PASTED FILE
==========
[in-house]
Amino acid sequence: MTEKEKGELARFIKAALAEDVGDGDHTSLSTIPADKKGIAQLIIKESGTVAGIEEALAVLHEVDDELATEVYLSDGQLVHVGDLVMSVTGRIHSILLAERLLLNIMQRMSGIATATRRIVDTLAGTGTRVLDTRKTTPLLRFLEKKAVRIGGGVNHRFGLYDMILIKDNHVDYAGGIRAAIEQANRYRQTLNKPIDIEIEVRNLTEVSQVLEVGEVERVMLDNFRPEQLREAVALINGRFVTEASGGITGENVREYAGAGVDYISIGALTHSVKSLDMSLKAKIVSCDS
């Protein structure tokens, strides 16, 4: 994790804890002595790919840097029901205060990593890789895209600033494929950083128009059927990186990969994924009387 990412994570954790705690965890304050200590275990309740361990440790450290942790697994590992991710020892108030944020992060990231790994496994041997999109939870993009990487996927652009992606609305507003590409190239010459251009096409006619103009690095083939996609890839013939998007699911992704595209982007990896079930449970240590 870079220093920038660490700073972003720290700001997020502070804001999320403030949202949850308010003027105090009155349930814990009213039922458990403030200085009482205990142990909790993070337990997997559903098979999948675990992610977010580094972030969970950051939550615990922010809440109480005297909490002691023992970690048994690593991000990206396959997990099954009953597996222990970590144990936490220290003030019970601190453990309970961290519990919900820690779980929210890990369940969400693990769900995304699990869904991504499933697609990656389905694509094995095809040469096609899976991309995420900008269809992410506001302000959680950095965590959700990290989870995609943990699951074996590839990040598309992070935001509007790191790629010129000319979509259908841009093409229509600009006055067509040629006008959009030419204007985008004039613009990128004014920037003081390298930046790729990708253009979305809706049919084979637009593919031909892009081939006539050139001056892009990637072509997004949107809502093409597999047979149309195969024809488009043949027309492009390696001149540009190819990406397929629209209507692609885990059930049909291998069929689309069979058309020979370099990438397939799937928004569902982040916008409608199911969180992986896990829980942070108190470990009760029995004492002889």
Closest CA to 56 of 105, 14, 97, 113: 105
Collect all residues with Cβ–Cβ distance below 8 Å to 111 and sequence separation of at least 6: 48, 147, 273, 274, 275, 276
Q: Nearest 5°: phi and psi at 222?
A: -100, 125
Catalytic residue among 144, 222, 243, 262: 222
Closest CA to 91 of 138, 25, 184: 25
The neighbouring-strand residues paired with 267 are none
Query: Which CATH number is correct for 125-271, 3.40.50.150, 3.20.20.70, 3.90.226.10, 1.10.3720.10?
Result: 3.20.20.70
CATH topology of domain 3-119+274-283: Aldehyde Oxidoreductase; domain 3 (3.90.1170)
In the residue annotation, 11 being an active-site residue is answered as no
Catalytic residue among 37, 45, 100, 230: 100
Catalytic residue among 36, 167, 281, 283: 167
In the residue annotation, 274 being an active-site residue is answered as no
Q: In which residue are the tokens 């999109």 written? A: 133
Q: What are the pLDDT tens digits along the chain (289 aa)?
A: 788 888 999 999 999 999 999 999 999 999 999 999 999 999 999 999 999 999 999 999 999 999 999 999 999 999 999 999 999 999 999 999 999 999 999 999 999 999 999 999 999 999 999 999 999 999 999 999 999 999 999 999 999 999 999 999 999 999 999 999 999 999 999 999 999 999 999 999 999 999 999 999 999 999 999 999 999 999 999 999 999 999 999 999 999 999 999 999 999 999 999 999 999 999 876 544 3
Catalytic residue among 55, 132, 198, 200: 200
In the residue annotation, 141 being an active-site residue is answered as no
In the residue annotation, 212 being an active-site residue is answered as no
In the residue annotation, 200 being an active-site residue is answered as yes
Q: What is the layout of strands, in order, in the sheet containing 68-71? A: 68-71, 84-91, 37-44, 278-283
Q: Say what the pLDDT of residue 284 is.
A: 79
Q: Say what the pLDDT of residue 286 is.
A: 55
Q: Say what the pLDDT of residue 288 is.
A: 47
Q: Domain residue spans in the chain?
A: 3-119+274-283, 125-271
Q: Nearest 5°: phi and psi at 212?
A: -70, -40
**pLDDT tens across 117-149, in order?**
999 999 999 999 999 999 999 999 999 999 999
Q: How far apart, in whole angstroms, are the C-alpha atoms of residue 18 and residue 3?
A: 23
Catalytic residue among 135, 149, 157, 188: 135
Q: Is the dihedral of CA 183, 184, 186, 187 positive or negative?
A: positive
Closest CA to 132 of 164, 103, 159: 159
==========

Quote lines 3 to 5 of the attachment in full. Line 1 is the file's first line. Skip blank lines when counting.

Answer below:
């Protein structure tokens, strides 16, 4: 994790804890002595790919840097029901205060990593890789895209600033494929950083128009059927990186990969994924009387 990412994570954790705690965890304050200590275990309740361990440790450290942790697994590992991710020892108030944020992060990231790994496994041997999109939870993009990487996927652009992606609305507003590409190239010459251009096409006619103009690095083939996609890839013939998007699911992704595209982007990896079930449970240590 870079220093920038660490700073972003720290700001997020502070804001999320403030949202949850308010003027105090009155349930814990009213039922458990403030200085009482205990142990909790993070337990997997559903098979999948675990992610977010580094972030969970950051939550615990922010809440109480005297909490002691023992970690048994690593991000990206396959997990099954009953597996222990970590144990936490220290003030019970601190453990309970961290519990919900820690779980929210890990369940969400693990769900995304699990869904991504499933697609990656389905694509094995095809040469096609899976991309995420900008269809992410506001302000959680950095965590959700990290989870995609943990699951074996590839990040598309992070935001509007790191790629010129000319979509259908841009093409229509600009006055067509040629006008959009030419204007985008004039613009990128004014920037003081390298930046790729990708253009979305809706049919084979637009593919031909892009081939006539050139001056892009990637072509997004949107809502093409597999047979149309195969024809488009043949027309492009390696001149540009190819990406397929629209209507692609885990059930049909291998069929689309069979058309020979370099990438397939799937928004569902982040916008409608199911969180992986896990829980942070108190470990009760029995004492002889």
Closest CA to 56 of 105, 14, 97, 113: 105
Collect all residues with Cβ–Cβ distance below 8 Å to 111 and sequence separation of at least 6: 48, 147, 273, 274, 275, 276